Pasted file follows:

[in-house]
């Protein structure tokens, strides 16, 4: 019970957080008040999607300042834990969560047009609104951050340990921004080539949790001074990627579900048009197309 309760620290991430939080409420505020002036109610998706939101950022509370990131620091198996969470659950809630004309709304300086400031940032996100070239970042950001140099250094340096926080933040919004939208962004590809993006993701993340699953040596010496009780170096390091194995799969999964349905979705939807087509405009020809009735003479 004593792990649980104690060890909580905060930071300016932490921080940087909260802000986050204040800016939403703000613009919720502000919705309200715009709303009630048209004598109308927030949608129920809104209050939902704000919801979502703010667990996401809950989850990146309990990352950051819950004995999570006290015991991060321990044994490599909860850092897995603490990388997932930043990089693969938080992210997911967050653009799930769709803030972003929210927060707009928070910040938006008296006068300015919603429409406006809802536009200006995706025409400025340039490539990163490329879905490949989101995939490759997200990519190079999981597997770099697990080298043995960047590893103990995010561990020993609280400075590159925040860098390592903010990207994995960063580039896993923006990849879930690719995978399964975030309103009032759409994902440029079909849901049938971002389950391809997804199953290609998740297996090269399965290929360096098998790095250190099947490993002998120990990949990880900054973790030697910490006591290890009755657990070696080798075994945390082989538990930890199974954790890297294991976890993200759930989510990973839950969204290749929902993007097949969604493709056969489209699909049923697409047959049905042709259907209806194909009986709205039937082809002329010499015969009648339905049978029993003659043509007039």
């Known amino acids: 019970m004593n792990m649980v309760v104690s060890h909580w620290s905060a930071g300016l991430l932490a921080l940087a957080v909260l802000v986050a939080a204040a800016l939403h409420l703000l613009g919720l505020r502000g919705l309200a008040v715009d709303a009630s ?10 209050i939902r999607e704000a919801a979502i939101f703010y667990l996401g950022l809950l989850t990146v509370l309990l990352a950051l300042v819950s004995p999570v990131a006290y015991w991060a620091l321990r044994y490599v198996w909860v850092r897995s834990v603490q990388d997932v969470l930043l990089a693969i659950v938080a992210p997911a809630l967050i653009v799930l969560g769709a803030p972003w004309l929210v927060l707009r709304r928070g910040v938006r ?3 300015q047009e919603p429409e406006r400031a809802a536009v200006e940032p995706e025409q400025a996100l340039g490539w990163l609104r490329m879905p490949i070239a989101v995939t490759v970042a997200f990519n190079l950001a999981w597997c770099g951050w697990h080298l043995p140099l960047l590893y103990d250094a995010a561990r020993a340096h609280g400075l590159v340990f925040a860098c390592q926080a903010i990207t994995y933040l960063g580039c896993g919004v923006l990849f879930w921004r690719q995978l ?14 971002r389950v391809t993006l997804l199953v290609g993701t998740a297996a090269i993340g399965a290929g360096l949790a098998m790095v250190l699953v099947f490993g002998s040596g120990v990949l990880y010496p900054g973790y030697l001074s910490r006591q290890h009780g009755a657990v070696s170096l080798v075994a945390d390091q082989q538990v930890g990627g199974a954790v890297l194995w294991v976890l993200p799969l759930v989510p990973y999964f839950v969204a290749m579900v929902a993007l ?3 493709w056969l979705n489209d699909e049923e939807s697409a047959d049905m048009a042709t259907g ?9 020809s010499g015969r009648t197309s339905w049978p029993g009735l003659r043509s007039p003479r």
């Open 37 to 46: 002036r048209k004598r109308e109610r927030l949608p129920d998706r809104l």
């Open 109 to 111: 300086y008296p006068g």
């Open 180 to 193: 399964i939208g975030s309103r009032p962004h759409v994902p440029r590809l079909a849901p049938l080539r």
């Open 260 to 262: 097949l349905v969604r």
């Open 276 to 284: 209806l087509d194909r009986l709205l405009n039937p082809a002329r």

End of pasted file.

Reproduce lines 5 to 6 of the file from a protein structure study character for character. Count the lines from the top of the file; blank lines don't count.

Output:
């Open 109 to 111: 300086y008296p006068g």
């Open 180 to 193: 399964i939208g975030s309103r009032p962004h759409v994902p440029r590809l079909a849901p049938l080539r």